Book Review: Broken Monsters

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Broken city, broken dreams

In Detroit, violent death – along with foreclosure and despair – is a regular occurrence. But the part-human, part-animal corpses that have started appearing are more disturbing than anything Detective Gabriella Versado has ever seen[...]

[...]Broken Monsters lays bare the decaying corpse of the American Dream, and asks what we’d be prepared to do for fifteen minutes of fame, especially in an online world.

Lauren Beukes is pretty much on my auto-buy list (I mean, if I had the means to have an auto-buy list). I own most of her books, including her out-of-print Maverick, and Broken Monsters will soon be added.

Granted, I first read Beukes’ Zoo City (my review) because she is a great South African author and because her South African fiction is just out of this world. But just as she crosses the boundaries of genres and mashes together concepts that other authors can’t successfully do, she is crossing the boundaries of description.

The Shining Girls and now Broken Monsters have proven her mettle as a writer. They say “write what you know” – Beukes is from neither Chicago nor Detroit, but in both cases she did her research so well that the places became tangible. Her twitter followers are also pretty familiar with her escapades to the settings of her books – I seem to remember her once tweeting about shadowing a Detroit undertaker for a day. (This BookD podcast with Beukes is totally worth the listen – do it!)

As for the story: I’ll admit that I was unsure at first that I would read it. As I repeatedly say, I’m a major scaredy-cat. Anyway, I read it. After the description of the first victim – right at the beginning of the book – I was a little spooked. I decided then that I would only read the book in the daylight. (That helped.) But then, the book is not really thaaaaaat scary. It is touted as a thriller, but the killer is revealed pretty early on in the plot (and it is done purposefully).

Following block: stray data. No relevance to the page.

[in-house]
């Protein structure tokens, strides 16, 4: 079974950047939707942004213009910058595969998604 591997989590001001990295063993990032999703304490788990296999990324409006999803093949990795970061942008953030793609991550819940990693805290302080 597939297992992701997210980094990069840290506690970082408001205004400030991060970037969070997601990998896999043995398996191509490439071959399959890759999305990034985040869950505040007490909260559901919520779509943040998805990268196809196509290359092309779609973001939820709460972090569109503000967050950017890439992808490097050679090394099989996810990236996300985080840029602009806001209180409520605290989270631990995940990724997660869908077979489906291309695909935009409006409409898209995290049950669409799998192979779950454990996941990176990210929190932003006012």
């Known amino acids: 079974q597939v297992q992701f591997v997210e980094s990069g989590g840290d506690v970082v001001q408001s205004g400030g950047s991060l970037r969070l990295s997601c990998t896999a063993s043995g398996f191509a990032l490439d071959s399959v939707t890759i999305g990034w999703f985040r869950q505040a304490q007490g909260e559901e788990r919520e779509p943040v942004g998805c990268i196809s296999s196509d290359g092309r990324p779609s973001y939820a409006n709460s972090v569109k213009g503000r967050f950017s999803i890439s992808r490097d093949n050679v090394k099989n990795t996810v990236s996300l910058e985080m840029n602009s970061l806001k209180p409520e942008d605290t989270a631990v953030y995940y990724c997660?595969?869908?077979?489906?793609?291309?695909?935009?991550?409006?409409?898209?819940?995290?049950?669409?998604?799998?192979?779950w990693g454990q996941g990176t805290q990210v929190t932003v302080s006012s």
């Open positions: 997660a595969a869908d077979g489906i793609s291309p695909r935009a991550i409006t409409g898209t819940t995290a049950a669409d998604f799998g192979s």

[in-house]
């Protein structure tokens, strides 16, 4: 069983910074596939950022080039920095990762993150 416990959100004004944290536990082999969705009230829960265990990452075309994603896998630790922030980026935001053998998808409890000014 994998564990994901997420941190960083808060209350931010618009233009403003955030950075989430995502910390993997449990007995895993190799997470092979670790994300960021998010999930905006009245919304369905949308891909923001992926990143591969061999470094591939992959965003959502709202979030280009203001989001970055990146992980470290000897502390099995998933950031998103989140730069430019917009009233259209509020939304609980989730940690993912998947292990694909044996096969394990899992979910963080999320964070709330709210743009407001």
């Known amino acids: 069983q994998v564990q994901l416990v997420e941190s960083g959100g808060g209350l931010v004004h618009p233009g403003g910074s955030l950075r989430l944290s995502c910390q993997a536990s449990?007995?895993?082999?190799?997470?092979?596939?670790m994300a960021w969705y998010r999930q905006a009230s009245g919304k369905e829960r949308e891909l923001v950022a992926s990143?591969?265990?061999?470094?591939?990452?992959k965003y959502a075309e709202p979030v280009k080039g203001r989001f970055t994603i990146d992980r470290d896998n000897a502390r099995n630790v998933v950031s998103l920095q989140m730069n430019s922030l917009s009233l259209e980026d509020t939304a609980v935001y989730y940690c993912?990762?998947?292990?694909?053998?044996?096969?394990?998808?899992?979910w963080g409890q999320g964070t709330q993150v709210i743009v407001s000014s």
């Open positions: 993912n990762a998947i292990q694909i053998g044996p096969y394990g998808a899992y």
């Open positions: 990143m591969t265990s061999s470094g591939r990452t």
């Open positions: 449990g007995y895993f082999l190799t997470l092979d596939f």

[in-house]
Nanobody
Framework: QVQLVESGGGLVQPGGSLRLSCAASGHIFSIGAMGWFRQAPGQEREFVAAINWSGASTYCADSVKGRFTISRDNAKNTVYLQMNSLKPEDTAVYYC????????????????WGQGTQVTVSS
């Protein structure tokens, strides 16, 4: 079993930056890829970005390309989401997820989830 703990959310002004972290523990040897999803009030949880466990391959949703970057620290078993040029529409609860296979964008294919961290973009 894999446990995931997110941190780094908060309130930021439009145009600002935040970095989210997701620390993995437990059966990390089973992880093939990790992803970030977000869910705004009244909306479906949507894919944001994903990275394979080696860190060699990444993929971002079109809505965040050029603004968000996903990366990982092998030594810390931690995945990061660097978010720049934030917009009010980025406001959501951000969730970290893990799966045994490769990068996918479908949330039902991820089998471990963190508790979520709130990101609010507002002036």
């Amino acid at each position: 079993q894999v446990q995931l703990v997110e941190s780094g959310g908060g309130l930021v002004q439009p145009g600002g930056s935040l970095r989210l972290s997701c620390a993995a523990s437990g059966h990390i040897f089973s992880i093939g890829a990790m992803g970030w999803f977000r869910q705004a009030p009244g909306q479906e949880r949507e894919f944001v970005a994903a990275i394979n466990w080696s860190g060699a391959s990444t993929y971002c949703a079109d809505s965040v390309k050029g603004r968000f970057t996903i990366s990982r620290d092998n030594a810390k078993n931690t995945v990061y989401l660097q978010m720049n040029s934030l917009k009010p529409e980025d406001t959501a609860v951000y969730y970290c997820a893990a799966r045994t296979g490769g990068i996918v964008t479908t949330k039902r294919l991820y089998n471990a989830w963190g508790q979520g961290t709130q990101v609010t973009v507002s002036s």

So what you should know about Broken Monsters is that you cannot take it at face value. Beukes is a genius, and everything she writes about has a purpose – and the purpose is not confined to “being thrilling”. As fantastic as her writing is – honest, tangible, raw – it is also a commentary. Commentary on technology, on art and artists, on the evil that can grow from our dreams. Commentary on the power an audience gives to a creation – a hope, a desire.

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The disturbing imagery is not confined to bodies (but I will leave you to discover that yourself). Despite that – or perhaps because of it – I think this would be a fantastic book to discuss in an undergrad class. I feel the need to read this again, with guidance from and discussion with other readers. It is incredible reading it for “just reading”, but I get the feeling there is even more waiting beneath the surface.

Of course, I should warn that it might upset sensitive readers – but you’ll know from the full blurb whether you can handle it. What I appreciate is that Beukes approaches the gruesomeness with a lot of respect. You don’t get the sense of some kind of macabre pleasure that one sometimes sees in horror/thriller type books. As somebody who has lost loved ones to violence, that distinction means a lot.

Like many of Beukes’ books, Broken Monsters is told in multiple POVs. Not first-person POVs though, and this “deviation” gives it a distinct atmosphere. The characterisation is great, so there is no confusion, but I must admit that I didn’t feel as attracted to these characters as in previous books. Of course, it is a myth that a good character must be a likable one!

As for the covers… I feel kind of meh about the USA and UK covers. The SA cover (up top) is the best of the lot for me – detailed and artsy and me likey.

Overall, I found this to be a gripping and disturbing read – for more reasons than the obvious.

I received an eARC of this book via Netgalley and Mulholland Books in exchange for an honest review. This has not biased my review.

Ten Harry Potter Characters I Would Want With Me On A Deserted Island

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I’m twisting today’s TTT topic in honour of Harry Potter Month! How’s that for killing two birds with one stone. These are the ten characters from the Harry Potter World that I would want with me on a deserted island. We assume that they don’t have broomsticks with them and that they can’t apparate from the island or transfigure into a sea creature to swim away… because that would just be too easy.